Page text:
Kryptos: The Ultimate Challenge

Nov 26, 2010
This article is part of a series called Q/A.

“Anybody holding a secret has a position of power, even if it’s a trivial secret.”

These are the words of Jim Sanborn, designer of the puzzling Kryptos sculpture that sits in the Courtyard plaza of the Central Intelligence Agency in Langley, VA. Sanborn designed this piece of artwork in 1989; it was dedicated at the C.I.A. building in November of 1990.

There are four sections to the sculpture, each containing an encrypted message. Three of the four coded messages have been cracked. The fourth one has yet to be deciphered, and is considered one of the most famous unsolved codes in the world.

Among these famous unsolved codes are the Beale ciphers, which have remained uncracked since 1885; the Shugborough inscription, carved on an 18th-century Shepherd’s Monument in Staffordshire, England; and the infamous cryptograms from the Zodiac Killer of the 1960s.

Kryptos’ first three coded messages were cracked in 1999 by a computer scientist from southern California named James Gillogly. In 2005,  Ms. Monet Friedrich, a computer engineer from Vancouver, British Columbia, discovered an error in earlier  deciphers that was confirmed by Sanborn.

The fourth coded message has yet to be solved. It is the hardest, arguably, because it is the shortest of the four messages, containing only 97 characters, so it is harder to find patterns. Recently, Sanborn revealed a clue to the New York Times:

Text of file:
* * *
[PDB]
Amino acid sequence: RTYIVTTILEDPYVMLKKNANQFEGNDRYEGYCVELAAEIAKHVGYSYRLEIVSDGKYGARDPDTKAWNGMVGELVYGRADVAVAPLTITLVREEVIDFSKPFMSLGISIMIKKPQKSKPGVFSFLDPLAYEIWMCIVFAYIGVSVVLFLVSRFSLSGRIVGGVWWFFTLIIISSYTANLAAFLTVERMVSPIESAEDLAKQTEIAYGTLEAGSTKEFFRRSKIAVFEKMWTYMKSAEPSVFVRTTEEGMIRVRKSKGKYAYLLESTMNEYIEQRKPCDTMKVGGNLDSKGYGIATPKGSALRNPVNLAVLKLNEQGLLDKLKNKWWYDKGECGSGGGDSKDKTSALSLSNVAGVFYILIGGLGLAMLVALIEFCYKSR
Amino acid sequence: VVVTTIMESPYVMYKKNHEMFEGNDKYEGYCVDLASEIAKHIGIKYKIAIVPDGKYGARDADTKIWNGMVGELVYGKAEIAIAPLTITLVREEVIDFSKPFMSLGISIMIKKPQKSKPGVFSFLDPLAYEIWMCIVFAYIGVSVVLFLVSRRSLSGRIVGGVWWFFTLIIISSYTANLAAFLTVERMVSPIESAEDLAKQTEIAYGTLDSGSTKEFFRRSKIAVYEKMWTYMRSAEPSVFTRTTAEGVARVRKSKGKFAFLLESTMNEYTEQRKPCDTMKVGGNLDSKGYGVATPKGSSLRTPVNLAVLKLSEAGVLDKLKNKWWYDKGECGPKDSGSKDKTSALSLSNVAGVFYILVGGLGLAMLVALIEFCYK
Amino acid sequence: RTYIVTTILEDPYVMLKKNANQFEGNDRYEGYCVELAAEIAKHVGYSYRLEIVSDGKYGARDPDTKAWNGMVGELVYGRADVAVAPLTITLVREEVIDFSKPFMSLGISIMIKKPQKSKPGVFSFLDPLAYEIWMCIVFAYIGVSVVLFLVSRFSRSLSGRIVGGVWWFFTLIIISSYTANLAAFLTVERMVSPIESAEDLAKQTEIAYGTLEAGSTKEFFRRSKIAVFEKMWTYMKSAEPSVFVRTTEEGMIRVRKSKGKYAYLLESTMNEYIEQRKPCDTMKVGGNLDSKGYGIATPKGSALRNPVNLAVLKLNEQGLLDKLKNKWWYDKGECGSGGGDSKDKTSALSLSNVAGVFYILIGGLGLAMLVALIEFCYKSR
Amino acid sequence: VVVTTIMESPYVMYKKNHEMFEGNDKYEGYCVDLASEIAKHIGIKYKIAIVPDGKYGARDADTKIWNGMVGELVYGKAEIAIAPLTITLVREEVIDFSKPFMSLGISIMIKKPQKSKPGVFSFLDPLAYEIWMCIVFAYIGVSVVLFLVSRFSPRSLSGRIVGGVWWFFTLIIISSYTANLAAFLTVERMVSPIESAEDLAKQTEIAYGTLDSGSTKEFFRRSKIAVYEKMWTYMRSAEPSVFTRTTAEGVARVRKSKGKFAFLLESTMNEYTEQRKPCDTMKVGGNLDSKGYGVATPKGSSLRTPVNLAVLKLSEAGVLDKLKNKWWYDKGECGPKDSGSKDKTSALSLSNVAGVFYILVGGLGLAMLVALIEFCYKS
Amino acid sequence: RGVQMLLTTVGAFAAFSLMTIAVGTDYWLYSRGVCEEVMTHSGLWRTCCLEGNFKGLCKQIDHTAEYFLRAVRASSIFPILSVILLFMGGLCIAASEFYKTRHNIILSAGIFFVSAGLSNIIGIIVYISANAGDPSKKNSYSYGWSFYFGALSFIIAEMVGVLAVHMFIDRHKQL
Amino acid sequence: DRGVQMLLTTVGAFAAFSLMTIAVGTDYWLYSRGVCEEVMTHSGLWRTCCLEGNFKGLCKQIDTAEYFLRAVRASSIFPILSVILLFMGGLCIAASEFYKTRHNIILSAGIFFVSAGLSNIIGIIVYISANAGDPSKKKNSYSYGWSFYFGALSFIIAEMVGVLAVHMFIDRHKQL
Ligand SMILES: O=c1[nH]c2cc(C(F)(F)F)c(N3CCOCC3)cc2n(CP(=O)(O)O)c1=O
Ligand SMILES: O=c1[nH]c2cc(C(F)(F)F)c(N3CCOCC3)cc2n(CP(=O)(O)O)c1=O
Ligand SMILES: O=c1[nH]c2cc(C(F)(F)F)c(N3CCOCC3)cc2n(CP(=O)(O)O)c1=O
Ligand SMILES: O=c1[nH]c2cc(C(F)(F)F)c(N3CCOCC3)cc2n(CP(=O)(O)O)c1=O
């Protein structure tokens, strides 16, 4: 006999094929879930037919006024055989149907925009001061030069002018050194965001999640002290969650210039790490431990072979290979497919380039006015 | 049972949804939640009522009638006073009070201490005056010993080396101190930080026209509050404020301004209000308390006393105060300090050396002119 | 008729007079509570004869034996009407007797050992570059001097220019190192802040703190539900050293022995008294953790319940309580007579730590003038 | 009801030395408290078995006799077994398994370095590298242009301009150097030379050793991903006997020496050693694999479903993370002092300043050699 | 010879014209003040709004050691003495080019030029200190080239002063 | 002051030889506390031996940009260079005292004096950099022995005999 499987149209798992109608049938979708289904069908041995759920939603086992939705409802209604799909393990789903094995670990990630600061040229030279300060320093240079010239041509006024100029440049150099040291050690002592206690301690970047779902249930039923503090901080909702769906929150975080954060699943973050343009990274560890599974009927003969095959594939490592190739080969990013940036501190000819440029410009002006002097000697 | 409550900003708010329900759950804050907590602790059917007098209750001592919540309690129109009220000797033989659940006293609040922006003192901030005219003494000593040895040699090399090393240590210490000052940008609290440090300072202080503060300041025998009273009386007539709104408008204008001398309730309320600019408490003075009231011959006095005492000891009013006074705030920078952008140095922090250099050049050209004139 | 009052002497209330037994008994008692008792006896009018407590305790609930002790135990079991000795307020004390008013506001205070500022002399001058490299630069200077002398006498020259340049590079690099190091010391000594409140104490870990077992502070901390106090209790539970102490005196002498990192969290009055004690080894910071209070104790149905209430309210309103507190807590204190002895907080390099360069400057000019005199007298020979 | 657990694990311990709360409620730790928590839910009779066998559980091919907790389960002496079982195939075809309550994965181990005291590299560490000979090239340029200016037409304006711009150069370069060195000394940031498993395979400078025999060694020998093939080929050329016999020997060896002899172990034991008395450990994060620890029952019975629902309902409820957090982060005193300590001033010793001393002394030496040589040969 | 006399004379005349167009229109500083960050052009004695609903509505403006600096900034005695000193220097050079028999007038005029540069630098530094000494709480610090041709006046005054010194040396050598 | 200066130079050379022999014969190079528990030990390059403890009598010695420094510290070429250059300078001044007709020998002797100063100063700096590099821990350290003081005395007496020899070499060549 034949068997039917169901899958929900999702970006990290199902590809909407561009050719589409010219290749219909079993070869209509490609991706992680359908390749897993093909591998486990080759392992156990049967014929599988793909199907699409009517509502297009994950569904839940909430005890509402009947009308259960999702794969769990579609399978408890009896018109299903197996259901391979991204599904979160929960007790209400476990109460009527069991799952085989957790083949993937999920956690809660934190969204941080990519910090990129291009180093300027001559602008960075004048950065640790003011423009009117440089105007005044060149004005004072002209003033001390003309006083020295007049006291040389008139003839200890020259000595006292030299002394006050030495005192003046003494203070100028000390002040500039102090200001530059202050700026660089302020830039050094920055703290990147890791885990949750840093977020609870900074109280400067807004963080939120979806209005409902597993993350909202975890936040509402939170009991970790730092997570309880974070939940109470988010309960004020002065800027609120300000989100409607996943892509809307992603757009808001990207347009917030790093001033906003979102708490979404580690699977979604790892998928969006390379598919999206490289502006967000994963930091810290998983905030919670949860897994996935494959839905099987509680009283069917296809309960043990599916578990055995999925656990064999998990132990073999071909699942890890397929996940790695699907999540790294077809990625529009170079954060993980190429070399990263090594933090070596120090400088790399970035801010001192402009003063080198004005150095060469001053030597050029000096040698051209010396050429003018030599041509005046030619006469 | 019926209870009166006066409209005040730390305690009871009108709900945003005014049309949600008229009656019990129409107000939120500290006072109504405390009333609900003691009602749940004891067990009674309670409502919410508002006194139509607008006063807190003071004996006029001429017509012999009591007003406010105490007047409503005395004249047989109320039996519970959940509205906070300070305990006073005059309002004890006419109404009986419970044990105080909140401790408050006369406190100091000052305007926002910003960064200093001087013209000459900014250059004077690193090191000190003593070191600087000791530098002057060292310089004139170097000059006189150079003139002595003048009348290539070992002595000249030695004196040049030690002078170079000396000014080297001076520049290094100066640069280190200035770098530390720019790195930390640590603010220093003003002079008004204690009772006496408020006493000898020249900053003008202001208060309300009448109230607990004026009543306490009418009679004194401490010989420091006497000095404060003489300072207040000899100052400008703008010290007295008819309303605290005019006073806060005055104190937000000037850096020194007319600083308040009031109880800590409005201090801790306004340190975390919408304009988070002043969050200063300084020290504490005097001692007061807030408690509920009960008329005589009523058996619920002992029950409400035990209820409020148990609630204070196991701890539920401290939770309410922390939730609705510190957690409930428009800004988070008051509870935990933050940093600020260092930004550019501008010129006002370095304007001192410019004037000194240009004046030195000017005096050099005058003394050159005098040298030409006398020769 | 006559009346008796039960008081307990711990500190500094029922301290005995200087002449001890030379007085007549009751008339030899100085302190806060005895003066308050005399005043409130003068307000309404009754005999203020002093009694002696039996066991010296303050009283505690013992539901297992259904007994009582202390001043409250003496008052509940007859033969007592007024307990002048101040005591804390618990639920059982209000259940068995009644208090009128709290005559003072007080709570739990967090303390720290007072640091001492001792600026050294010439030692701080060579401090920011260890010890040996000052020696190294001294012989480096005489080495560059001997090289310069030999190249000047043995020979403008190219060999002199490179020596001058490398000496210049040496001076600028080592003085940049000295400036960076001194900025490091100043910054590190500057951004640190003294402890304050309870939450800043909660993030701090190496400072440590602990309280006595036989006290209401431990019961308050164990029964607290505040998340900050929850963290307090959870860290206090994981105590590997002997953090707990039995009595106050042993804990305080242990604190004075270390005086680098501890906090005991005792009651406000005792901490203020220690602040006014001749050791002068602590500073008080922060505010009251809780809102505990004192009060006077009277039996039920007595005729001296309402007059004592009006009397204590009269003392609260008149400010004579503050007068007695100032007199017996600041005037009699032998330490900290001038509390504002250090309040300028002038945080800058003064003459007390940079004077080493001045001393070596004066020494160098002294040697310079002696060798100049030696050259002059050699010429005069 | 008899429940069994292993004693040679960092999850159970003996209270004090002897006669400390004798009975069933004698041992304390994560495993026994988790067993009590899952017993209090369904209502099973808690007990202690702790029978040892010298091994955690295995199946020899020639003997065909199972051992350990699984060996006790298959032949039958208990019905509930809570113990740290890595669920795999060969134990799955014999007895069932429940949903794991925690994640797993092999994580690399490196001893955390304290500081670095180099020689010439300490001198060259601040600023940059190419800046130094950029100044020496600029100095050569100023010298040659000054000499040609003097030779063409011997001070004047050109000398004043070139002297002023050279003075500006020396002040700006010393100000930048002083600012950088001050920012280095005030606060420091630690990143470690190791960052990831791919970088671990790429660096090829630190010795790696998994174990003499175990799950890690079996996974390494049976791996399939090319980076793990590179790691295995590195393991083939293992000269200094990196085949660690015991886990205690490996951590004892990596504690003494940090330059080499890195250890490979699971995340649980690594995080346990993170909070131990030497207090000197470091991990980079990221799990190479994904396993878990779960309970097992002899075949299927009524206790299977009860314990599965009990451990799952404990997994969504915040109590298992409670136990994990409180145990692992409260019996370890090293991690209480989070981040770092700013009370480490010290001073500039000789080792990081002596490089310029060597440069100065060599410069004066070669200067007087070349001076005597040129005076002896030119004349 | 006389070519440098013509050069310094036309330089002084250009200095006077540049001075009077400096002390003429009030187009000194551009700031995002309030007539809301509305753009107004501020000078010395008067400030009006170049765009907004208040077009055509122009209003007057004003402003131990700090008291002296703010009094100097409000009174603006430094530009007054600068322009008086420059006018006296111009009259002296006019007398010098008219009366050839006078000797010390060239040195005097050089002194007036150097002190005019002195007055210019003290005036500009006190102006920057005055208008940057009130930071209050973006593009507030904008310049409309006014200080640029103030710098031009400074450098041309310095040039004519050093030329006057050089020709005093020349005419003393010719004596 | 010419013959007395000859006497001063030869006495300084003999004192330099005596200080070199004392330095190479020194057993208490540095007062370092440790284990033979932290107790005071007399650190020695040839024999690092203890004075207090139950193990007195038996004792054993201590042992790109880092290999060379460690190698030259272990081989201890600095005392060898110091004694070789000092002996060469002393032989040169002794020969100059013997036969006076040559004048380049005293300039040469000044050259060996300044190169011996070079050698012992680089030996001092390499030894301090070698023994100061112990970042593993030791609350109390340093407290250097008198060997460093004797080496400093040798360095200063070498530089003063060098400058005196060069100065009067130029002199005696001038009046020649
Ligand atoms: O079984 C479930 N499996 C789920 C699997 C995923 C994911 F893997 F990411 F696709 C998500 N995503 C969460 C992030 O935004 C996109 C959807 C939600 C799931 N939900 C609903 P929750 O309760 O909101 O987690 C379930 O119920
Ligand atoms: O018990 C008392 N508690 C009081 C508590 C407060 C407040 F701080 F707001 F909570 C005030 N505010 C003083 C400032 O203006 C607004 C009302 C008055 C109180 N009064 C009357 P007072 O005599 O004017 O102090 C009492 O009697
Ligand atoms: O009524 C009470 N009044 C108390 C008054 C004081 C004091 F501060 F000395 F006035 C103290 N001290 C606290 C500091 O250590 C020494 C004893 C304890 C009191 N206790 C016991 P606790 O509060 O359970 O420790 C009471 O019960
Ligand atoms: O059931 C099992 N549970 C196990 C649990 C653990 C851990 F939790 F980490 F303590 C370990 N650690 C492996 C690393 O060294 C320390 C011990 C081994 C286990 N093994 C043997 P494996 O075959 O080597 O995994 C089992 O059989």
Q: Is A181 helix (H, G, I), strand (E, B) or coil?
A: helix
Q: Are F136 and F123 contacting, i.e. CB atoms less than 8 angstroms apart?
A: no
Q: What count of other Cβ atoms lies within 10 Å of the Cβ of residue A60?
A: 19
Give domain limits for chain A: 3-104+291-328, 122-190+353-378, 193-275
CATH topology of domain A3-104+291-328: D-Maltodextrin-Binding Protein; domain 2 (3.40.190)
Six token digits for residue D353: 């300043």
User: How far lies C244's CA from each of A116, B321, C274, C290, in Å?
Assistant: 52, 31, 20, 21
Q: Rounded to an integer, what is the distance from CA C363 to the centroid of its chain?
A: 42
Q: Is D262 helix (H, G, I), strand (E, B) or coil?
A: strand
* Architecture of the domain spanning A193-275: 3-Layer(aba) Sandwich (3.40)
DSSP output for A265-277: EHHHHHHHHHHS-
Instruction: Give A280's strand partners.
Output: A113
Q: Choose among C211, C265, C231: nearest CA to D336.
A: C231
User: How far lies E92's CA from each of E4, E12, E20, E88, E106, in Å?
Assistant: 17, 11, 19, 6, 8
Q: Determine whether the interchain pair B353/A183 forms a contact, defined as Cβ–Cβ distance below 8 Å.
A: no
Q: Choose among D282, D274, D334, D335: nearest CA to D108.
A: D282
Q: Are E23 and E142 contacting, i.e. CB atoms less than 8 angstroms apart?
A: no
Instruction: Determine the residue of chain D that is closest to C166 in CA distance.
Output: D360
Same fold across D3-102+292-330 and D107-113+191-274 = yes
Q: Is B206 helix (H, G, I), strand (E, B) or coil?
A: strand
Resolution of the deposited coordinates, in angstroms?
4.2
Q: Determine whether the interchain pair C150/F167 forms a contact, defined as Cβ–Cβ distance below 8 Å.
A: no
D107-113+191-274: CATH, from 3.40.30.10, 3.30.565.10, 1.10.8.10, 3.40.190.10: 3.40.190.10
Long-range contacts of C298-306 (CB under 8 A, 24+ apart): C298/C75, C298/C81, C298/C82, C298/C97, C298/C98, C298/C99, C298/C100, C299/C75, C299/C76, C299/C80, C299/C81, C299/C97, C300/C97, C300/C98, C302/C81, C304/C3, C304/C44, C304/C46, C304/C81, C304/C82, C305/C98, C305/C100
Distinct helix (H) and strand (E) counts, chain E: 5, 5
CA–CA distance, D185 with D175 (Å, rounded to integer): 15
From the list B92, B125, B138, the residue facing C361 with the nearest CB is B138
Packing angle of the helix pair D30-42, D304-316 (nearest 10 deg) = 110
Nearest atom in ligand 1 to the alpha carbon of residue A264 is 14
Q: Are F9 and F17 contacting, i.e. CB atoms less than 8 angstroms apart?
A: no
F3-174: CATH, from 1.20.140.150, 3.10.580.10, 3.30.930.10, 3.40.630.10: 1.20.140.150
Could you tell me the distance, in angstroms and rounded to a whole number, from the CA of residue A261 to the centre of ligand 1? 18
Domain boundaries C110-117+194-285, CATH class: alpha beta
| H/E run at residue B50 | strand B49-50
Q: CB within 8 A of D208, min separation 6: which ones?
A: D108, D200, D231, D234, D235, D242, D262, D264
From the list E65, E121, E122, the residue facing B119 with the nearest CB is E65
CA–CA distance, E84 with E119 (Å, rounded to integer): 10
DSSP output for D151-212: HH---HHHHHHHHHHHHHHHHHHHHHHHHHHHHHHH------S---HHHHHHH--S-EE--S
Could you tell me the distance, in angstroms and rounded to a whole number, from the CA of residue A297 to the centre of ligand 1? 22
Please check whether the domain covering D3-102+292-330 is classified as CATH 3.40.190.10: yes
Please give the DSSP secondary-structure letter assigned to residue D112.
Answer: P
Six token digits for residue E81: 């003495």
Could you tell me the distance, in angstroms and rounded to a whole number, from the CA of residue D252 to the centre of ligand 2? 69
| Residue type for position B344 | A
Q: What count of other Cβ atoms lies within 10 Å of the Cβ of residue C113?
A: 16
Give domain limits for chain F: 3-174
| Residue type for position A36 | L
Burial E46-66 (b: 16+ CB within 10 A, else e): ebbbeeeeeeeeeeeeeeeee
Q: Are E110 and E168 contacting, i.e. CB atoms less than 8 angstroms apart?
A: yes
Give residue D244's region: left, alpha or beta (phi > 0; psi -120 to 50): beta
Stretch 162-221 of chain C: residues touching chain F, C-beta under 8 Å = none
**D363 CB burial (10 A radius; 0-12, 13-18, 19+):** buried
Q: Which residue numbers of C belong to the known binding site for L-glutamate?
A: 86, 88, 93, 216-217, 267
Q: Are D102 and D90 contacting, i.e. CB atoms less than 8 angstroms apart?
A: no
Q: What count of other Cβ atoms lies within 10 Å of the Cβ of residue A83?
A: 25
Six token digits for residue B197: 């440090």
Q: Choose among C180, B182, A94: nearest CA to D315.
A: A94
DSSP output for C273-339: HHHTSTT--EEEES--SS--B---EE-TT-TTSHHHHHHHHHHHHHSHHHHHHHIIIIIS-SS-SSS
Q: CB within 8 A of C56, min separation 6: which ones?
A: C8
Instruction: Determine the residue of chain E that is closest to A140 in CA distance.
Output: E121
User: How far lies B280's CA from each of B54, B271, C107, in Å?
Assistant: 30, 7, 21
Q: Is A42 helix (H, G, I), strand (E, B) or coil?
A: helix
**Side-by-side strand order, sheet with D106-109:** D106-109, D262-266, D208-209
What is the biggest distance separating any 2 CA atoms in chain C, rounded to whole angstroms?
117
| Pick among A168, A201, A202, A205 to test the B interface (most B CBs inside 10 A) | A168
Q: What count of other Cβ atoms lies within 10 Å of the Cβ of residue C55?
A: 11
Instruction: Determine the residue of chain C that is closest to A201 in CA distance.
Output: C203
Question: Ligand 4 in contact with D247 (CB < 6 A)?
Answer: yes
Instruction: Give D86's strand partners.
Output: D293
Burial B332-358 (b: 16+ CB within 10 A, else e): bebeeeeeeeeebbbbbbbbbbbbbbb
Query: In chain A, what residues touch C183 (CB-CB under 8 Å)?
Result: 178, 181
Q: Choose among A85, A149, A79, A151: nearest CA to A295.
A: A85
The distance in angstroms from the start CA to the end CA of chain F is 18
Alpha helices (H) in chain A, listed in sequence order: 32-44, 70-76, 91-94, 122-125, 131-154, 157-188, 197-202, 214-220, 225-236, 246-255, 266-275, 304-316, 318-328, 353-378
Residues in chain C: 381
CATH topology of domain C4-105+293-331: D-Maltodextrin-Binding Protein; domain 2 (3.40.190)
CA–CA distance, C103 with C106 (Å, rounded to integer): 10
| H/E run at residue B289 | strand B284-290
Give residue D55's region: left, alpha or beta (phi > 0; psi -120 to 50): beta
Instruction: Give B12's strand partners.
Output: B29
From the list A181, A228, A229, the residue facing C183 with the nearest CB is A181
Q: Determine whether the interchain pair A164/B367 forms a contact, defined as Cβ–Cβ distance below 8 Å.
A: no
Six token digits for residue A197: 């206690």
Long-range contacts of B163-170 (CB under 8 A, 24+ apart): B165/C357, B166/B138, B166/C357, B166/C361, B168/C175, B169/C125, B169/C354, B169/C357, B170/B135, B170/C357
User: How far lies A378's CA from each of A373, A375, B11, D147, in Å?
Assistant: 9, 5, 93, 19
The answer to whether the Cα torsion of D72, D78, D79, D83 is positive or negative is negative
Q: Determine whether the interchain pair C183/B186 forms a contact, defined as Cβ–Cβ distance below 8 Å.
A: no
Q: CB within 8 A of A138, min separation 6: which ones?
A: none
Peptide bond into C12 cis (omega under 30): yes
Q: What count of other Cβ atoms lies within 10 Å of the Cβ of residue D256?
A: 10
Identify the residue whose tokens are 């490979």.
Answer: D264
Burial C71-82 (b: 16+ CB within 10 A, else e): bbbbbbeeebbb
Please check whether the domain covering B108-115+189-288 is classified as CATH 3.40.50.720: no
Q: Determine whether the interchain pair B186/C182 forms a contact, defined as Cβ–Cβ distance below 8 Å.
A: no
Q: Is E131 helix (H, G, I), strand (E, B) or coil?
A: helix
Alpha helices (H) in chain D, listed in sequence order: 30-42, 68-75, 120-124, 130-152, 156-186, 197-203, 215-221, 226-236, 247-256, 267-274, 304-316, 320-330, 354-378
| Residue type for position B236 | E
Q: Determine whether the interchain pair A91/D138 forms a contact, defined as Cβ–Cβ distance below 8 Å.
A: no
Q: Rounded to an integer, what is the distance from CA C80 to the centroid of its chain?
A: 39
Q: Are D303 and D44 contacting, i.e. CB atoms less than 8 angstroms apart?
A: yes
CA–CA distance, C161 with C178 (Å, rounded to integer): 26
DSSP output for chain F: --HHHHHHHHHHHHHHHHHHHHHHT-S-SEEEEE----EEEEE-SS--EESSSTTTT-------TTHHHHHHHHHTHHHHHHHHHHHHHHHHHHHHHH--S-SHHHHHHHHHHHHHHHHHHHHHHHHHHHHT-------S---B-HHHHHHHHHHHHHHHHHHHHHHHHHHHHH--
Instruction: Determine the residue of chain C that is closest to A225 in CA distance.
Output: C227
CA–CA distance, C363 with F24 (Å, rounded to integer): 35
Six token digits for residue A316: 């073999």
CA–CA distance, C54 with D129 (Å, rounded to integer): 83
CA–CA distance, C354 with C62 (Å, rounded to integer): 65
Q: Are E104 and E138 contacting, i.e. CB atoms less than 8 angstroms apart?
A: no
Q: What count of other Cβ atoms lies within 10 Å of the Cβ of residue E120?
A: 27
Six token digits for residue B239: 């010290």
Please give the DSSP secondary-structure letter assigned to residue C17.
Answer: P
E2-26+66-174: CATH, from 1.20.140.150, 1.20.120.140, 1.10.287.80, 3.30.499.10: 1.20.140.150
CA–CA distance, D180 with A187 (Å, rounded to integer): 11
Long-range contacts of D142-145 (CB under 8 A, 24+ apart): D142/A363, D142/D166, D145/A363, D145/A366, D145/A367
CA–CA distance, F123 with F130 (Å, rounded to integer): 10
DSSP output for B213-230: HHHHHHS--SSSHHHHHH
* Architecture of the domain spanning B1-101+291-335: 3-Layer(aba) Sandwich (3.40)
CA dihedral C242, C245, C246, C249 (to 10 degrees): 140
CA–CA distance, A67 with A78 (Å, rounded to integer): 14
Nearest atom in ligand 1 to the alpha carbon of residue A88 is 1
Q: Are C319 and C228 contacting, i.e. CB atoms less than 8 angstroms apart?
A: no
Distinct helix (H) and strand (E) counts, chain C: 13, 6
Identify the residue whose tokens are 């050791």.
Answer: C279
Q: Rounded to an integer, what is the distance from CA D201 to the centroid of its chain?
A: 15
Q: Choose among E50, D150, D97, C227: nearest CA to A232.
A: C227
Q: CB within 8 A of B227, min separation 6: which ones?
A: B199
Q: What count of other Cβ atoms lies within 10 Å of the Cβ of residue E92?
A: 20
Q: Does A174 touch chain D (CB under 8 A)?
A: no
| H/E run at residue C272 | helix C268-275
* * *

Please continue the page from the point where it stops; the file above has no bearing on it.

The characters that are the 64th through 69th in the final series on the sculpture read NYPVTT. When deciphered, they read BERLIN.

Sanborn was given assistance in the art and science of cryptology by Edward Scheidt, a retiring C.I.A. cryptographer, in order to design Kryptos. To this day, it has baffled the brightest minds and the most sophisticated computers. There is a Yahoo group dedicated to solving the puzzle in a collaborative environment. It was mentioned in the novel “The Da Vinci Code”, and also in the novel “The Lost Symbol”, both written by Dan Brown. Sanborn even has a site dedicated to receive inquiries and potential solutions to the puzzle.

This is one heck of a code to crack. We’ll be returning to doing SourceCon challenges after the conference in New York City. In the meantime, why not give solving Kryptos a shot? We seriously can’t think of anything more challenging than cracking K4 of Kryptos. This message has been worked on for twenty years. And its creator wants it solved.

Just in case anyone dares to take this on, we offer to you the most Ultimate Prize we can think to offer from SourceCon: a lifetime pass to attend all SourceCon events.

We challenge you to take on Kryptos – join deciphering groups, visit the sculpture yourself, learn from the work of others who’ve tried and failed to crack the code.

Are you willing to give it a shot? It might be fun! We really don’t expect it to be solved – after all, it’s been around for twenty years and no one’s cracked it yet. But we know you love a good challenge. And if you do solve it, you get to come to SourceCon forever.

So go on – we dare you.

This article is part of a series called Q/A.
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